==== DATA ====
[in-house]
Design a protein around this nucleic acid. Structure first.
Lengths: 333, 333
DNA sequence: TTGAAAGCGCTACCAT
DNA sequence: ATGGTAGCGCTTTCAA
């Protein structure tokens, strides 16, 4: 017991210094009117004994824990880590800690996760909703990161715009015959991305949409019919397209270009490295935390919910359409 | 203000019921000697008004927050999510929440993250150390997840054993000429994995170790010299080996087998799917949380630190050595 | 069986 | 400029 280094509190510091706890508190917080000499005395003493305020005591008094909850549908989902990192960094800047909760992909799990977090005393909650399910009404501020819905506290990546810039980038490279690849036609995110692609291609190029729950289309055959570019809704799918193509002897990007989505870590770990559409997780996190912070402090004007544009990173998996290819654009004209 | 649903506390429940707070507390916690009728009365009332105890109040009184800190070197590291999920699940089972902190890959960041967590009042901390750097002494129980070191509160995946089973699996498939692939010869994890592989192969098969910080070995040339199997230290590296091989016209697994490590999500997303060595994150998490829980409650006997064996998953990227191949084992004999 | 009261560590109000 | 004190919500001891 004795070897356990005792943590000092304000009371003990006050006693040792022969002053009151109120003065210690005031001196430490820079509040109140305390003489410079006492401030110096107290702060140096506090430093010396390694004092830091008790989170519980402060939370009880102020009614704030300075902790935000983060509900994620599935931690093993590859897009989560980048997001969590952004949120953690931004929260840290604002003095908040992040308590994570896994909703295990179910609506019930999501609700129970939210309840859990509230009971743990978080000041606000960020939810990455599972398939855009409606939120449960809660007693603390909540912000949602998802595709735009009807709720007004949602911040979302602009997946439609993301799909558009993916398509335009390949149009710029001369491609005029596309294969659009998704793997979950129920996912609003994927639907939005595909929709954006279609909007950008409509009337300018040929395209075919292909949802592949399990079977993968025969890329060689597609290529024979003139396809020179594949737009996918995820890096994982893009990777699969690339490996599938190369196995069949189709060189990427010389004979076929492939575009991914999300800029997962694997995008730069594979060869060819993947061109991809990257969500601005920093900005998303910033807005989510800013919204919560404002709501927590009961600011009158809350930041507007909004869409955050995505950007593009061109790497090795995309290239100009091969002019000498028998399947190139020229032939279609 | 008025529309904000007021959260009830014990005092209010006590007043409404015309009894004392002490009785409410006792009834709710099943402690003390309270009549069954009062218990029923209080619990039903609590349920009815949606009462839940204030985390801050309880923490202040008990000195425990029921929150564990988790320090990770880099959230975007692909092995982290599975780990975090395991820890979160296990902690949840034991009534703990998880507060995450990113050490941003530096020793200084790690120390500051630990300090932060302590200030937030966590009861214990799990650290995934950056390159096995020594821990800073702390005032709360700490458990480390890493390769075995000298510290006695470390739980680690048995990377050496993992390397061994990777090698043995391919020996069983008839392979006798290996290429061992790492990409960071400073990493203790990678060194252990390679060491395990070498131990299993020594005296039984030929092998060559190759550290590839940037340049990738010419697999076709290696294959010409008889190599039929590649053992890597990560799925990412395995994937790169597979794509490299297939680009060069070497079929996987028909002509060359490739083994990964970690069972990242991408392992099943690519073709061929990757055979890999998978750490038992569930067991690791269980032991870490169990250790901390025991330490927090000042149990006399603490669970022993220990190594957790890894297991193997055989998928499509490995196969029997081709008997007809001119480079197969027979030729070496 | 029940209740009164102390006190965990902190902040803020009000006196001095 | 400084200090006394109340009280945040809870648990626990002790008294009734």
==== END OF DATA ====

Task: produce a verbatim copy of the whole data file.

[in-house]
Design a protein around this nucleic acid. Structure first.
Lengths: 333, 333
DNA sequence: TTGAAAGCGCTACCAT
DNA sequence: ATGGTAGCGCTTTCAA
């Protein structure tokens, strides 16, 4: 017991210094009117004994824990880590800690996760909703990161715009015959991305949409019919397209270009490295935390919910359409 | 203000019921000697008004927050999510929440993250150390997840054993000429994995170790010299080996087998799917949380630190050595 | 069986 | 400029 280094509190510091706890508190917080000499005395003493305020005591008094909850549908989902990192960094800047909760992909799990977090005393909650399910009404501020819905506290990546810039980038490279690849036609995110692609291609190029729950289309055959570019809704799918193509002897990007989505870590770990559409997780996190912070402090004007544009990173998996290819654009004209 | 649903506390429940707070507390916690009728009365009332105890109040009184800190070197590291999920699940089972902190890959960041967590009042901390750097002494129980070191509160995946089973699996498939692939010869994890592989192969098969910080070995040339199997230290590296091989016209697994490590999500997303060595994150998490829980409650006997064996998953990227191949084992004999 | 009261560590109000 | 004190919500001891 004795070897356990005792943590000092304000009371003990006050006693040792022969002053009151109120003065210690005031001196430490820079509040109140305390003489410079006492401030110096107290702060140096506090430093010396390694004092830091008790989170519980402060939370009880102020009614704030300075902790935000983060509900994620599935931690093993590859897009989560980048997001969590952004949120953690931004929260840290604002003095908040992040308590994570896994909703295990179910609506019930999501609700129970939210309840859990509230009971743990978080000041606000960020939810990455599972398939855009409606939120449960809660007693603390909540912000949602998802595709735009009807709720007004949602911040979302602009997946439609993301799909558009993916398509335009390949149009710029001369491609005029596309294969659009998704793997979950129920996912609003994927639907939005595909929709954006279609909007950008409509009337300018040929395209075919292909949802592949399990079977993968025969890329060689597609290529024979003139396809020179594949737009996918995820890096994982893009990777699969690339490996599938190369196995069949189709060189990427010389004979076929492939575009991914999300800029997962694997995008730069594979060869060819993947061109991809990257969500601005920093900005998303910033807005989510800013919204919560404002709501927590009961600011009158809350930041507007909004869409955050995505950007593009061109790497090795995309290239100009091969002019000498028998399947190139020229032939279609 | 008025529309904000007021959260009830014990005092209010006590007043409404015309009894004392002490009785409410006792009834709710099943402690003390309270009549069954009062218990029923209080619990039903609590349920009815949606009462839940204030985390801050309880923490202040008990000195425990029921929150564990988790320090990770880099959230975007692909092995982290599975780990975090395991820890979160296990902690949840034991009534703990998880507060995450990113050490941003530096020793200084790690120390500051630990300090932060302590200030937030966590009861214990799990650290995934950056390159096995020594821990800073702390005032709360700490458990480390890493390769075995000298510290006695470390739980680690048995990377050496993992390397061994990777090698043995391919020996069983008839392979006798290996290429061992790492990409960071400073990493203790990678060194252990390679060491395990070498131990299993020594005296039984030929092998060559190759550290590839940037340049990738010419697999076709290696294959010409008889190599039929590649053992890597990560799925990412395995994937790169597979794509490299297939680009060069070497079929996987028909002509060359490739083994990964970690069972990242991408392992099943690519073709061929990757055979890999998978750490038992569930067991690791269980032991870490169990250790901390025991330490927090000042149990006399603490669970022993220990190594957790890894297991193997055989998928499509490995196969029997081709008997007809001119480079197969027979030729070496 | 029940209740009164102390006190965990902190902040803020009000006196001095 | 400084200090006394109340009280945040809870648990626990002790008294009734």